What has only recently become clear is how this “grift” plays out in this presidency. The Trump business model, as the Times investigation shows and Mary Trump alleges, works by distracting people with a shiny image, a projection of success, while actually siphoning off real assets—money, power, land, real estate, taxes, health insurance. He persuades people—from associates, family members, and municipalities, to partners, customers, even voters—that they can be part of his success. In reality, he is helping himself to the detriment of everyone else.
Trump is a master at getting enough people to believe in him at any one time to perpetuate the myth: sixty-three million Americans were persuaded in 2016 that he would “drain the swamp” and return jobs to the United States. Despite the worst economy in modern history, the one bright spot in his polling is that he is rated more favorably than Joe Biden on the economy. Right now, an alarming number of his supporters have told news organizations that it’s clear to them the only way he could lose is if there is widespread fraud—a groundless threat that Trump has been amplifying, not shyly, since even before he was president.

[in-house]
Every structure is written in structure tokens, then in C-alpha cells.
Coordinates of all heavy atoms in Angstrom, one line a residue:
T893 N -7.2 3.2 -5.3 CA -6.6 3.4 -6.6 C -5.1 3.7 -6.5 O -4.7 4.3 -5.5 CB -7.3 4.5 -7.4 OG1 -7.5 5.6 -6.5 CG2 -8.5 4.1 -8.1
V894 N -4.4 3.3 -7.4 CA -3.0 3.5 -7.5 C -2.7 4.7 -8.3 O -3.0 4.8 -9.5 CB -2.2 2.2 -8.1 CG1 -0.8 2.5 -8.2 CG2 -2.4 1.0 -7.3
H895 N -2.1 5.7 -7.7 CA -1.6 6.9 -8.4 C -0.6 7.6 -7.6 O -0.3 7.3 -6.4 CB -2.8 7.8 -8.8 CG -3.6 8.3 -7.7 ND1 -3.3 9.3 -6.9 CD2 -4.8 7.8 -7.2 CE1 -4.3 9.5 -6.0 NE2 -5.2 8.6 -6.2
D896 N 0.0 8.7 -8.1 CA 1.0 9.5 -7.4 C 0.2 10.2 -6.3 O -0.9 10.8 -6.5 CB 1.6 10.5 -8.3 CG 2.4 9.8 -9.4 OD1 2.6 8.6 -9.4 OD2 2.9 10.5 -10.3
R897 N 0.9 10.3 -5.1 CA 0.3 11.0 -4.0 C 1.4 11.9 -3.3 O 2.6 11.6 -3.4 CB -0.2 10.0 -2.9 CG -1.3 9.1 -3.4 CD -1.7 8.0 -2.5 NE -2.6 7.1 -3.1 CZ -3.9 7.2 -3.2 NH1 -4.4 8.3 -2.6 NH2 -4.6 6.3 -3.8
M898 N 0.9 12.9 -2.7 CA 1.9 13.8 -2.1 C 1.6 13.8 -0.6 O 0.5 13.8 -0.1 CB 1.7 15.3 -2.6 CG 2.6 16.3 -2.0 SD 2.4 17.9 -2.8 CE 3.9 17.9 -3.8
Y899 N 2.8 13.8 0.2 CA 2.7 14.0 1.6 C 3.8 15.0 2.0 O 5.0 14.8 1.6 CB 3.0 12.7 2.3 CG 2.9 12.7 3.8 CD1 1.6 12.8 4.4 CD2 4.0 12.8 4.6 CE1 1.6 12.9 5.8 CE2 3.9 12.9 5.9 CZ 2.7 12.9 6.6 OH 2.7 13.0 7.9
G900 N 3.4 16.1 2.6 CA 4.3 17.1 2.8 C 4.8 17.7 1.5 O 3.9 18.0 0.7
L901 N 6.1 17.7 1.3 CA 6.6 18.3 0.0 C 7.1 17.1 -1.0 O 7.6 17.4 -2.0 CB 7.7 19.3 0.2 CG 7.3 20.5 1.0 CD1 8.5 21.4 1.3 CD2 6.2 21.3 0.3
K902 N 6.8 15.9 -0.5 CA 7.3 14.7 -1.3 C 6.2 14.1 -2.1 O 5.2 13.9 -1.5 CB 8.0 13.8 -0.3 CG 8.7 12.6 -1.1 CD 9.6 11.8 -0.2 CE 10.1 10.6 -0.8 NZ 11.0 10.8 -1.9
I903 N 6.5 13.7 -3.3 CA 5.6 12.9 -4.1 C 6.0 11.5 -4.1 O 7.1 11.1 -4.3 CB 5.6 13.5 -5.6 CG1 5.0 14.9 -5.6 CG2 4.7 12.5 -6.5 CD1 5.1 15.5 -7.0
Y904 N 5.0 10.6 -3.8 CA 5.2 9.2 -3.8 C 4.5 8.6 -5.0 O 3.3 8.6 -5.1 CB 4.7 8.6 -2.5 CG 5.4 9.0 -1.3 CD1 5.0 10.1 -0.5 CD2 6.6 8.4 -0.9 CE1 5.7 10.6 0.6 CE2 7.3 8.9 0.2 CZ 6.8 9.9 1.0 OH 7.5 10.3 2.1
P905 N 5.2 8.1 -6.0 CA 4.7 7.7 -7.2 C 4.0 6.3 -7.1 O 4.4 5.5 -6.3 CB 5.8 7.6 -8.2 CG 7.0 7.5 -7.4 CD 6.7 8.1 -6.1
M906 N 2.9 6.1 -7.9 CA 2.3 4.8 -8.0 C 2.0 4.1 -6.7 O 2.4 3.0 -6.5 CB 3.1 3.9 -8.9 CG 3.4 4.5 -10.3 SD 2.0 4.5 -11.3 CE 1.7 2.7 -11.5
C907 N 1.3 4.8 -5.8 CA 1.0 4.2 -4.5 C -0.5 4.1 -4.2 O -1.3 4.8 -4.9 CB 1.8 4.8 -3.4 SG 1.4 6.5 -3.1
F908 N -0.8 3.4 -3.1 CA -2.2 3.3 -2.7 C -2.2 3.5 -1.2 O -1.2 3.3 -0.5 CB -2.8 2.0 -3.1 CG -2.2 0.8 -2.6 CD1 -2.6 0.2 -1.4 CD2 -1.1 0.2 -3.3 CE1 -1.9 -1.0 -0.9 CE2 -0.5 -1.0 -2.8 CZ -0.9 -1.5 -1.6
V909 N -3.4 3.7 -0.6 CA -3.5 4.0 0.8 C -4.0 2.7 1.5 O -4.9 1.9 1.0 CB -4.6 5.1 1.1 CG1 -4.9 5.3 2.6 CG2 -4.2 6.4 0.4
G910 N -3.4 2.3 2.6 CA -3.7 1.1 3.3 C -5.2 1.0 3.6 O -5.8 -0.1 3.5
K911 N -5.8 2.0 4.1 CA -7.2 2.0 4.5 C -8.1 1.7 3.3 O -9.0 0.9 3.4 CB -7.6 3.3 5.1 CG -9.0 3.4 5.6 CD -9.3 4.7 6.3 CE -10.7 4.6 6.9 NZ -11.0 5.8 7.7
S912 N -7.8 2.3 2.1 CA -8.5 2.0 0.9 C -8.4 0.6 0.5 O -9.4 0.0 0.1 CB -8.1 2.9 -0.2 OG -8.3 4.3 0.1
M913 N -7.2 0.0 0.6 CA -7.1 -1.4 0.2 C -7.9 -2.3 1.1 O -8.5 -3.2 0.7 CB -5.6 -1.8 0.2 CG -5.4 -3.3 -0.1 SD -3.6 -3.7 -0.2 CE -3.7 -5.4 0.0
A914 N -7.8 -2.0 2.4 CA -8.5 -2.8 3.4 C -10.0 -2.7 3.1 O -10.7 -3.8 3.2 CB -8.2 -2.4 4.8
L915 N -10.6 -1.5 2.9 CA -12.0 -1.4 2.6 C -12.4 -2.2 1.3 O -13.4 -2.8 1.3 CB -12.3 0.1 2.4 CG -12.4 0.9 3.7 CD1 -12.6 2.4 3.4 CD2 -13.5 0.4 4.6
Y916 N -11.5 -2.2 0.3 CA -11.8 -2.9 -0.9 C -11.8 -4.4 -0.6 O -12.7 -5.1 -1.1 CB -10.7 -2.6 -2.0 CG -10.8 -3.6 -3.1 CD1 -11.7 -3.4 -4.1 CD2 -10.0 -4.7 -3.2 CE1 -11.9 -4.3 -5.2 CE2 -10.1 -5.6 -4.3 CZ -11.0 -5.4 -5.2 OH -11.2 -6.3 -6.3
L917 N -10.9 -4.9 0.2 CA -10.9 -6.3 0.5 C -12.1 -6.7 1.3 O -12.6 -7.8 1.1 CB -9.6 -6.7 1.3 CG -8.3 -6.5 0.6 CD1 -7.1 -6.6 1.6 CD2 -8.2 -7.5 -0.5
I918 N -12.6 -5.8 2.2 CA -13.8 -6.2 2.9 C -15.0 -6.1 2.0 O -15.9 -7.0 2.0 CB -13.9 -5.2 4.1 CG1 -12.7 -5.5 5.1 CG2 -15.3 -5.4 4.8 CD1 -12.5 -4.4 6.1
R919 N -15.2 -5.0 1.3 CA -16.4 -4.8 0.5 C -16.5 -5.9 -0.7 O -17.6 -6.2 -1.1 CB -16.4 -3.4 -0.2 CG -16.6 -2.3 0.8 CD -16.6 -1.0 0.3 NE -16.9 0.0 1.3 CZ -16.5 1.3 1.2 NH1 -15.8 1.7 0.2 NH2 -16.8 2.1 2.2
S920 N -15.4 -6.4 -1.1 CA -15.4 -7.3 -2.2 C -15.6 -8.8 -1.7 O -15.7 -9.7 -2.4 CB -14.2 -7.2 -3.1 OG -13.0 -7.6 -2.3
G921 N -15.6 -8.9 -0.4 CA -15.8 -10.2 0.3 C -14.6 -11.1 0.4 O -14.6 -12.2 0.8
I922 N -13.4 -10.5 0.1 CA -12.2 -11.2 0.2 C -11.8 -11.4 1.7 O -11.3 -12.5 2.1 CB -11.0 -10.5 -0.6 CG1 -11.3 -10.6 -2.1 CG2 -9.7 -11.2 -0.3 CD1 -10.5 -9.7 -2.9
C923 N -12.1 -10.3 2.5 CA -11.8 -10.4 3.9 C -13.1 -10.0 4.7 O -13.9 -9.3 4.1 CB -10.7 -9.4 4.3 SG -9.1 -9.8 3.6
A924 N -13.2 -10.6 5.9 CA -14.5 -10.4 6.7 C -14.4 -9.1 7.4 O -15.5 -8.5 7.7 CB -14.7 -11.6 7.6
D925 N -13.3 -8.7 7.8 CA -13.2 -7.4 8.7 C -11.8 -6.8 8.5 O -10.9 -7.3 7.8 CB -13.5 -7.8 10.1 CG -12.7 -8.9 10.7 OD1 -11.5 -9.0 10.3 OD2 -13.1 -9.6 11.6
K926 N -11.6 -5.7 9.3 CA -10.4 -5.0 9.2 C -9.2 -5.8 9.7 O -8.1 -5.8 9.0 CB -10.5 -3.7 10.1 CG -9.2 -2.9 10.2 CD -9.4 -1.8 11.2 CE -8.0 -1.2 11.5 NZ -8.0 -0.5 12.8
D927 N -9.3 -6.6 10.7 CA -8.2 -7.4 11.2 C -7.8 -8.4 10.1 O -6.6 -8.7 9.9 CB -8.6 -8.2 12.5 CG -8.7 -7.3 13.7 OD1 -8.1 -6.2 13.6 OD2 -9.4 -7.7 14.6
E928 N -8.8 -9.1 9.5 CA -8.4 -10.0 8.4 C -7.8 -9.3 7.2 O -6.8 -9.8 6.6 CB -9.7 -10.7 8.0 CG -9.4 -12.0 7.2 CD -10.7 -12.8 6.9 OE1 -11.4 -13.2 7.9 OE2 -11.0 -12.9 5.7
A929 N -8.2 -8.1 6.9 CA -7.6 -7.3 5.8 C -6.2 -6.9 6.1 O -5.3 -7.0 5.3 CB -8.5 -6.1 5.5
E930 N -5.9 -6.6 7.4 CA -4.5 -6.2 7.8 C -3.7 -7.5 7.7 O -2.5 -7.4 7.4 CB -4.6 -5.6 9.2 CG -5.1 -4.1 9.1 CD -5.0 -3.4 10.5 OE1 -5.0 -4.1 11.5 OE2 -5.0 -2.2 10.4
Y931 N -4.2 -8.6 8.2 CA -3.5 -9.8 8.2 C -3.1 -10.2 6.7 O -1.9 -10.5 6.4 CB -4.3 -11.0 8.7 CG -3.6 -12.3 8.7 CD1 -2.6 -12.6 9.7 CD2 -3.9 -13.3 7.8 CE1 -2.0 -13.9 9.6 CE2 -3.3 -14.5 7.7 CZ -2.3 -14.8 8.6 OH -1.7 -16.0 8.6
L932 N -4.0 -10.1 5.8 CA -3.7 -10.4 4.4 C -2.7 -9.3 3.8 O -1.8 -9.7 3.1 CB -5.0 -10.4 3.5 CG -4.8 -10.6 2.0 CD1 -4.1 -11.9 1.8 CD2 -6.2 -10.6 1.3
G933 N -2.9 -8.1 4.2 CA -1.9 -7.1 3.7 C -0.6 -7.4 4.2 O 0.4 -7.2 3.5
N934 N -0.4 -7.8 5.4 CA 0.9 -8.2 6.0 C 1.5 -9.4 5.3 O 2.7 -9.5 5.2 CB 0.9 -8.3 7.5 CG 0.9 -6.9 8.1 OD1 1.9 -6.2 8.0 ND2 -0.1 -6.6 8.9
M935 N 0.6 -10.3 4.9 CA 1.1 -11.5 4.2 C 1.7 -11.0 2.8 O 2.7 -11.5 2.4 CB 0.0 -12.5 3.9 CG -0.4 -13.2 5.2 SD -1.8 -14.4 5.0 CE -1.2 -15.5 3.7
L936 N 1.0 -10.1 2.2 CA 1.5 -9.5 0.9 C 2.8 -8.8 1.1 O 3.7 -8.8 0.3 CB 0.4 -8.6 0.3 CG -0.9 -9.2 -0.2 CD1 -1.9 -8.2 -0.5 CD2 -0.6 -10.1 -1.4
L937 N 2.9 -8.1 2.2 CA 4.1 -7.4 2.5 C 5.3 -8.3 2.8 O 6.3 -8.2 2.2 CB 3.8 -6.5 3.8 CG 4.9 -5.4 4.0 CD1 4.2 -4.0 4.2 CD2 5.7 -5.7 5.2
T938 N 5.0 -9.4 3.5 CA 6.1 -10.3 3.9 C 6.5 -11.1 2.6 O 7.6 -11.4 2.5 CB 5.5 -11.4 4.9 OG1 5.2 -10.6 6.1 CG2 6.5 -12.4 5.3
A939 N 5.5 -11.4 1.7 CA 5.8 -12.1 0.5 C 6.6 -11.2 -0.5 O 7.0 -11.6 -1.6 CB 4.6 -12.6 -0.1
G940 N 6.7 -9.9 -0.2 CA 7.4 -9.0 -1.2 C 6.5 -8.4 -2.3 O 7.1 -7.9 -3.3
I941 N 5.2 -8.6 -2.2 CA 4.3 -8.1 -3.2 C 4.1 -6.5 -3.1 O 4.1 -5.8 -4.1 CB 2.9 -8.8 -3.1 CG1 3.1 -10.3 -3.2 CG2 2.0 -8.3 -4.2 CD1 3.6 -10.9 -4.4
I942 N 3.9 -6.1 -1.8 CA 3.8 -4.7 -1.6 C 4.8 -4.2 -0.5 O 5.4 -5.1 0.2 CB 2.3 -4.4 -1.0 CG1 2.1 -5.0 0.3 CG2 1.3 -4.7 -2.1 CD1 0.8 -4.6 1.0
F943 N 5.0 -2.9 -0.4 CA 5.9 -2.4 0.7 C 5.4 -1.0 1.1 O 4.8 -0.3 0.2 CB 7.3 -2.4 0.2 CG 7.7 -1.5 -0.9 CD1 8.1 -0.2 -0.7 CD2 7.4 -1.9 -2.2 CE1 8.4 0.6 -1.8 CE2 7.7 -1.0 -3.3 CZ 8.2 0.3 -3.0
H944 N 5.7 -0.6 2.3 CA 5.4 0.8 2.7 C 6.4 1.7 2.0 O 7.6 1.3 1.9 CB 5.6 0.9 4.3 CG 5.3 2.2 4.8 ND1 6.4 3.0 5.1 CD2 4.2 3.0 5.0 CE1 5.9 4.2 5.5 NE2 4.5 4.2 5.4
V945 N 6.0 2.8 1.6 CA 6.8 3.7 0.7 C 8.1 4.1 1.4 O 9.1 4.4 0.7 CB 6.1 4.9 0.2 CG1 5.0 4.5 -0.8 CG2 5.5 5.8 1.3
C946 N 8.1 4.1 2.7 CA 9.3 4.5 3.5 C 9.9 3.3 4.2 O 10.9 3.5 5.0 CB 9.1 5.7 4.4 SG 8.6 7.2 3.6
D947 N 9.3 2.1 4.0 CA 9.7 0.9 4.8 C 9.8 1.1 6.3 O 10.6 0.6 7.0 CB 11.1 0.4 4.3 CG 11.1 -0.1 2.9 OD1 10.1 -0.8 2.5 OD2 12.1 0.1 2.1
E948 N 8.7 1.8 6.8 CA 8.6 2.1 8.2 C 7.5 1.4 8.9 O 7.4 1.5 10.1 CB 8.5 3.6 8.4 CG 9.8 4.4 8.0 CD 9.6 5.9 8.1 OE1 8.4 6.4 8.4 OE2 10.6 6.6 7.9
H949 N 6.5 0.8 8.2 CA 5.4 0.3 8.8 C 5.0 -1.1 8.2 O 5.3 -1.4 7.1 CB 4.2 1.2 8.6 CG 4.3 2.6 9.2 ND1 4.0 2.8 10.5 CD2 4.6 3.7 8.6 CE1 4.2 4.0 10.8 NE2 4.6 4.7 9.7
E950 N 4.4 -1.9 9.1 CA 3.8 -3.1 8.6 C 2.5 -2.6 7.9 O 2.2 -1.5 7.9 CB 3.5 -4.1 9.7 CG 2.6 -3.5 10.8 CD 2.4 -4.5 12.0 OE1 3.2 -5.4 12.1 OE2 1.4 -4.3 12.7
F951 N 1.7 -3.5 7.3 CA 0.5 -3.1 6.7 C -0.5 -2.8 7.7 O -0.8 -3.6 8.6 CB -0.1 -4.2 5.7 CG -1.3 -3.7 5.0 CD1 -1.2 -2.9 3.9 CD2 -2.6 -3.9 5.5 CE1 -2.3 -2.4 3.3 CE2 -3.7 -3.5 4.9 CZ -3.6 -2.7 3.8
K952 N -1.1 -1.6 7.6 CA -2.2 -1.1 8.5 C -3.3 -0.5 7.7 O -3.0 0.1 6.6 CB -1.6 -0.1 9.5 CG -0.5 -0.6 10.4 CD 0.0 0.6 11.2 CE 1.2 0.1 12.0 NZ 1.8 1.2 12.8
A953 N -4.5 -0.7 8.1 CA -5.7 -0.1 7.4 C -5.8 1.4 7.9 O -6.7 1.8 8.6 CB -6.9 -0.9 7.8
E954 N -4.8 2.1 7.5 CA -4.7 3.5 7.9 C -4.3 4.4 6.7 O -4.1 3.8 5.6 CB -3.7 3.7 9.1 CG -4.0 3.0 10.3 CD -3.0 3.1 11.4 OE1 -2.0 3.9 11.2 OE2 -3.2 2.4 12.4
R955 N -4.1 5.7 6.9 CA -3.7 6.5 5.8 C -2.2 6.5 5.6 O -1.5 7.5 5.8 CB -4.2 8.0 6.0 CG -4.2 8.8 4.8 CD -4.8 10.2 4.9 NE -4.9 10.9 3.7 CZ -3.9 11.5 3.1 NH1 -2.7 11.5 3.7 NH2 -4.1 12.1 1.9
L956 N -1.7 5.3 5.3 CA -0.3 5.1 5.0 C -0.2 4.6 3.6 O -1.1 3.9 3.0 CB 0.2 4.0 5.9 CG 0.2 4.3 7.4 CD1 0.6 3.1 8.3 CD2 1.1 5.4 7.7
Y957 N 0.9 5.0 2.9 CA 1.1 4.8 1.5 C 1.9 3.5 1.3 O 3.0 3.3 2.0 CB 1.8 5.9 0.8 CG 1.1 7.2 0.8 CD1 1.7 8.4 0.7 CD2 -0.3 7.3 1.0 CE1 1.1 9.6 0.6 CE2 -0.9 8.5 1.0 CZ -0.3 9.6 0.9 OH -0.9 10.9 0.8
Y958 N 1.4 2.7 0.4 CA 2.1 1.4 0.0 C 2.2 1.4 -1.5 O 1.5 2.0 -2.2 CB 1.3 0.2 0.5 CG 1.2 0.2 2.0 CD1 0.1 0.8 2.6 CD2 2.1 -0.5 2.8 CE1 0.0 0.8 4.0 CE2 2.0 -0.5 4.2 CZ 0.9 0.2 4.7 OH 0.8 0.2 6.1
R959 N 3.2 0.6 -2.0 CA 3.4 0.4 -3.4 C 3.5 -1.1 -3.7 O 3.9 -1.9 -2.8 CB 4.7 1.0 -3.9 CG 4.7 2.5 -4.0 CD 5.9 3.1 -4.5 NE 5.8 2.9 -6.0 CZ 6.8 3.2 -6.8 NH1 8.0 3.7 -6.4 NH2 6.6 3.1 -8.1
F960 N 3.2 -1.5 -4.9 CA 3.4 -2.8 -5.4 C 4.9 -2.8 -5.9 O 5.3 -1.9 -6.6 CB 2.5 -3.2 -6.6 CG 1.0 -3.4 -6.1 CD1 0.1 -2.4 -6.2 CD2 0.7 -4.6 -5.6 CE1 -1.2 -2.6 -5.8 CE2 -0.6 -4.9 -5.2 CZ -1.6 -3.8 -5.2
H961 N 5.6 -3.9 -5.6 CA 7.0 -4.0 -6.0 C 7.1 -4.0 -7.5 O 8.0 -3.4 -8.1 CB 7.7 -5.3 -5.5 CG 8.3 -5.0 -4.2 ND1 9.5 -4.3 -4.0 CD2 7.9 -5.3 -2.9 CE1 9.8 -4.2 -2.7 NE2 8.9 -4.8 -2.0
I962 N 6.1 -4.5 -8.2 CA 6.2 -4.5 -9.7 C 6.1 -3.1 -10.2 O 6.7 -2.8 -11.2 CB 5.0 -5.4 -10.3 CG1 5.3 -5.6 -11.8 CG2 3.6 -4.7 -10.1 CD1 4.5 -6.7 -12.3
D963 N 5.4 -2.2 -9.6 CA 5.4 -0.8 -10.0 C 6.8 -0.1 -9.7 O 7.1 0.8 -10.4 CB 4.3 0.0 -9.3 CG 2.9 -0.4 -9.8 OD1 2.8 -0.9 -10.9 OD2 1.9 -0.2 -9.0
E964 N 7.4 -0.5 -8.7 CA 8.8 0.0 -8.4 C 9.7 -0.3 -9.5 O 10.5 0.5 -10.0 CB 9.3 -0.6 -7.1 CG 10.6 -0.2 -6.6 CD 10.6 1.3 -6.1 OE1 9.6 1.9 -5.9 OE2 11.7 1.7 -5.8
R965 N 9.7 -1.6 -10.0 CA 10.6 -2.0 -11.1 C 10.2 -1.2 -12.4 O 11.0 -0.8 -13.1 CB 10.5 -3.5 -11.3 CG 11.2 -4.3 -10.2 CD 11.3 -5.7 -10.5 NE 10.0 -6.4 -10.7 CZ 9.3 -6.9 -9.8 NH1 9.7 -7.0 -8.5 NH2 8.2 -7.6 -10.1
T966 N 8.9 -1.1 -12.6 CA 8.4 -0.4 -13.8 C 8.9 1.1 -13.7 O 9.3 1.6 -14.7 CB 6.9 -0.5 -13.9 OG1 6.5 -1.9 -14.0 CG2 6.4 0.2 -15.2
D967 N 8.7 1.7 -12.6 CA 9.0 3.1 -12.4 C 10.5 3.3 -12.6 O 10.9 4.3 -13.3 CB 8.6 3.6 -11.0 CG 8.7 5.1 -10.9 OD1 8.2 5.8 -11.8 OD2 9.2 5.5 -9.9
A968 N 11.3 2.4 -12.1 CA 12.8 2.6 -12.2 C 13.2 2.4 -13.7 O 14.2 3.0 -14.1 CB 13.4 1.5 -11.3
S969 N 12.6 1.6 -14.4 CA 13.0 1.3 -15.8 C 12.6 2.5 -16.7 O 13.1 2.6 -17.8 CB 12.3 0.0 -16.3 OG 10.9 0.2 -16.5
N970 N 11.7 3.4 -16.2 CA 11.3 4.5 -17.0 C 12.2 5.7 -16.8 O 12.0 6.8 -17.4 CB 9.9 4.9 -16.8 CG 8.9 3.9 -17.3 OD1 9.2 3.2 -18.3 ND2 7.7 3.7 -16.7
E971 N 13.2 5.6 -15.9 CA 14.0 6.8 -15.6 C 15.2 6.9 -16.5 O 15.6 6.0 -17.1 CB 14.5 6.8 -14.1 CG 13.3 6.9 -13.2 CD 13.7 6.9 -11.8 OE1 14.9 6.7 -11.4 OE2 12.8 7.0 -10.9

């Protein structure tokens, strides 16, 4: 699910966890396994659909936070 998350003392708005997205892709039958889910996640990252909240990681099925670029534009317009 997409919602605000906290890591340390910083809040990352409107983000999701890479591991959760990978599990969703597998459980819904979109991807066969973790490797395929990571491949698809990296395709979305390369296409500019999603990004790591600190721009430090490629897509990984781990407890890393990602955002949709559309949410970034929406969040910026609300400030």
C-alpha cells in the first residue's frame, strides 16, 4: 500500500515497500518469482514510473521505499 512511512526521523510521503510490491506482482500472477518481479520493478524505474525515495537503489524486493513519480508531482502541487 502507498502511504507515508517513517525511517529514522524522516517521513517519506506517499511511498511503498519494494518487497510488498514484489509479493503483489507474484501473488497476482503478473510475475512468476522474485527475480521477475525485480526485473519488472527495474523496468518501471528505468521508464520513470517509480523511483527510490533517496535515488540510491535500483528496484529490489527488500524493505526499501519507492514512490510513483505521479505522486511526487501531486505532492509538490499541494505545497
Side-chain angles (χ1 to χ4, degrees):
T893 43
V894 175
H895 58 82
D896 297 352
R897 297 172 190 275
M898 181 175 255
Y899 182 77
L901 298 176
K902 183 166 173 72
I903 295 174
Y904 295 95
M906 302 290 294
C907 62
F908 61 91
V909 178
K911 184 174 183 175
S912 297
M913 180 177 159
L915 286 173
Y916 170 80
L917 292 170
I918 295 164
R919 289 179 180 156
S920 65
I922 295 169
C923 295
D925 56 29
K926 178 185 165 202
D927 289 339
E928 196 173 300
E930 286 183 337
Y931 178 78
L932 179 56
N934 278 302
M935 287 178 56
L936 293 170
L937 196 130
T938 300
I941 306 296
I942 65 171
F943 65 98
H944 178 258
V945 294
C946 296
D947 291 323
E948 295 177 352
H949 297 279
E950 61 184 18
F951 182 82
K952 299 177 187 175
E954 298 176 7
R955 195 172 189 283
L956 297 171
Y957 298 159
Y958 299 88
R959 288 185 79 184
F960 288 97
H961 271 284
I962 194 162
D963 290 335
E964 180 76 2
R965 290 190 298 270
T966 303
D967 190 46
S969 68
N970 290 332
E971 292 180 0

Exhibit A in his attempted myth-making, though, is Trump’s handling of the coronavirus pandemic. As we now know, with certainty, Trump knew early on that the virus was extremely dangerous, yet assured Americans it was not and mounted little to no effective defense against it. “I still like playing it down, because I don’t want to create a panic,” Trump told the author Bob Woodward. But we hardly needed to wait for Woodward’s book, because the virus was so obviously dangerous early on, from what we knew of the original Wuhan outbreak, and because Trump himself announced as much from the White House podium as early as March 31: “I’m not about bad news. I want to give people hope. I want to give people a feeling that we all have a chance.” Even after he contracted the virus himself, even as he was hospitalized and treated at Walter Reed, Trump, his handlers, and his doctors kept spinning, kept “giving people hope,” refusing to provide clear information about his condition and assuring the nation he was “doing very well.”